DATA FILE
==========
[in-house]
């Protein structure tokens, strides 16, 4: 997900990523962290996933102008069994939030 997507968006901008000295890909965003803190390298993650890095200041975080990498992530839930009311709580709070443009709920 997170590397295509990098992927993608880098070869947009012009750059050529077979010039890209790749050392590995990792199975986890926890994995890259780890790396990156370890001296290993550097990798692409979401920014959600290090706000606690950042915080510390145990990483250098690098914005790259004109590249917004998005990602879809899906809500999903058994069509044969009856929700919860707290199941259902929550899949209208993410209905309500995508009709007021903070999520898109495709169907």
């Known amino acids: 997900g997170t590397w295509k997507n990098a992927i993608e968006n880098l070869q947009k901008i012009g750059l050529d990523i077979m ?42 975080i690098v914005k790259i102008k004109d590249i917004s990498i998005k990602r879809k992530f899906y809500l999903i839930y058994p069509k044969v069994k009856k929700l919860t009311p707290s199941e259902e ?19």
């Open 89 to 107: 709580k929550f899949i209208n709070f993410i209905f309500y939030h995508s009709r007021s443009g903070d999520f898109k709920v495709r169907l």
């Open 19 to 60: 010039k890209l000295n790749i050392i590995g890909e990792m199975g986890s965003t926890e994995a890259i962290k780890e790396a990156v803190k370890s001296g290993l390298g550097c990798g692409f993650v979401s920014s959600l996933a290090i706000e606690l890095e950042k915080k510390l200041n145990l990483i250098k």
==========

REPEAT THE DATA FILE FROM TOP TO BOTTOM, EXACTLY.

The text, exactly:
[in-house]
């Protein structure tokens, strides 16, 4: 997900990523962290996933102008069994939030 997507968006901008000295890909965003803190390298993650890095200041975080990498992530839930009311709580709070443009709920 997170590397295509990098992927993608880098070869947009012009750059050529077979010039890209790749050392590995990792199975986890926890994995890259780890790396990156370890001296290993550097990798692409979401920014959600290090706000606690950042915080510390145990990483250098690098914005790259004109590249917004998005990602879809899906809500999903058994069509044969009856929700919860707290199941259902929550899949209208993410209905309500995508009709007021903070999520898109495709169907």
């Known amino acids: 997900g997170t590397w295509k997507n990098a992927i993608e968006n880098l070869q947009k901008i012009g750059l050529d990523i077979m ?42 975080i690098v914005k790259i102008k004109d590249i917004s990498i998005k990602r879809k992530f899906y809500l999903i839930y058994p069509k044969v069994k009856k929700l919860t009311p707290s199941e259902e ?19």
């Open 89 to 107: 709580k929550f899949i209208n709070f993410i209905f309500y939030h995508s009709r007021s443009g903070d999520f898109k709920v495709r169907l």
């Open 19 to 60: 010039k890209l000295n790749i050392i590995g890909e990792m199975g986890s965003t926890e994995a890259i962290k780890e790396a990156v803190k370890s001296g290993l390298g550097c990798g692409f993650v979401s920014s959600l996933a290090i706000e606690l890095e950042k915080k510390l200041n145990l990483i250098k």